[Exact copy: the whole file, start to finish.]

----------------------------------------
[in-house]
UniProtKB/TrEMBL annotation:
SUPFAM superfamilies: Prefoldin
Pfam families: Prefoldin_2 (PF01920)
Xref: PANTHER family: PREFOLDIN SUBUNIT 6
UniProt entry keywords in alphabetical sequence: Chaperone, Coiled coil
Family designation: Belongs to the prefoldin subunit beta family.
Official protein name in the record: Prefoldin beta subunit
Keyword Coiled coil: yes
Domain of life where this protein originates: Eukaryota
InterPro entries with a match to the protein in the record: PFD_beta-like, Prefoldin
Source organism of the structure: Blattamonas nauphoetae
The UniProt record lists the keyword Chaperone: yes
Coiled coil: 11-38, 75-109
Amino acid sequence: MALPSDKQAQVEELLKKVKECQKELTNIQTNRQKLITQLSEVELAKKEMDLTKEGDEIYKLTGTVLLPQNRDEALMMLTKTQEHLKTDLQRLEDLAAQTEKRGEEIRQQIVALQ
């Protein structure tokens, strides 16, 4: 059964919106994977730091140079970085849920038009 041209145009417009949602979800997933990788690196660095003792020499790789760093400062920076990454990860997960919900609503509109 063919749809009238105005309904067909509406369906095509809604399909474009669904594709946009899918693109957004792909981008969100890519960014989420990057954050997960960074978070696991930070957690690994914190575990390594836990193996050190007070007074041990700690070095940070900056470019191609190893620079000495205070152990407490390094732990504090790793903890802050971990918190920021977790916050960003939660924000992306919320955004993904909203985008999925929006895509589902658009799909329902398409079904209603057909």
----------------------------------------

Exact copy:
[in-house]
UniProtKB/TrEMBL annotation:
SUPFAM superfamilies: Prefoldin
Pfam families: Prefoldin_2 (PF01920)
Xref: PANTHER family: PREFOLDIN SUBUNIT 6
UniProt entry keywords in alphabetical sequence: Chaperone, Coiled coil
Family designation: Belongs to the prefoldin subunit beta family.
Official protein name in the record: Prefoldin beta subunit
Keyword Coiled coil: yes
Domain of life where this protein originates: Eukaryota
InterPro entries with a match to the protein in the record: PFD_beta-like, Prefoldin
Source organism of the structure: Blattamonas nauphoetae
The UniProt record lists the keyword Chaperone: yes
Coiled coil: 11-38, 75-109
Amino acid sequence: MALPSDKQAQVEELLKKVKECQKELTNIQTNRQKLITQLSEVELAKKEMDLTKEGDEIYKLTGTVLLPQNRDEALMMLTKTQEHLKTDLQRLEDLAAQTEKRGEEIRQQIVALQ
């Protein structure tokens, strides 16, 4: 059964919106994977730091140079970085849920038009 041209145009417009949602979800997933990788690196660095003792020499790789760093400062920076990454990860997960919900609503509109 063919749809009238105005309904067909509406369906095509809604399909474009669904594709946009899918693109957004792909981008969100890519960014989420990057954050997960960074978070696991930070957690690994914190575990390594836990193996050190007070007074041990700690070095940070900056470019191609190893620079000495205070152990407490390094732990504090790793903890802050971990918190920021977790916050960003939660924000992306919320955004993904909203985008999925929006895509589902658009799909329902398409079904209603057909």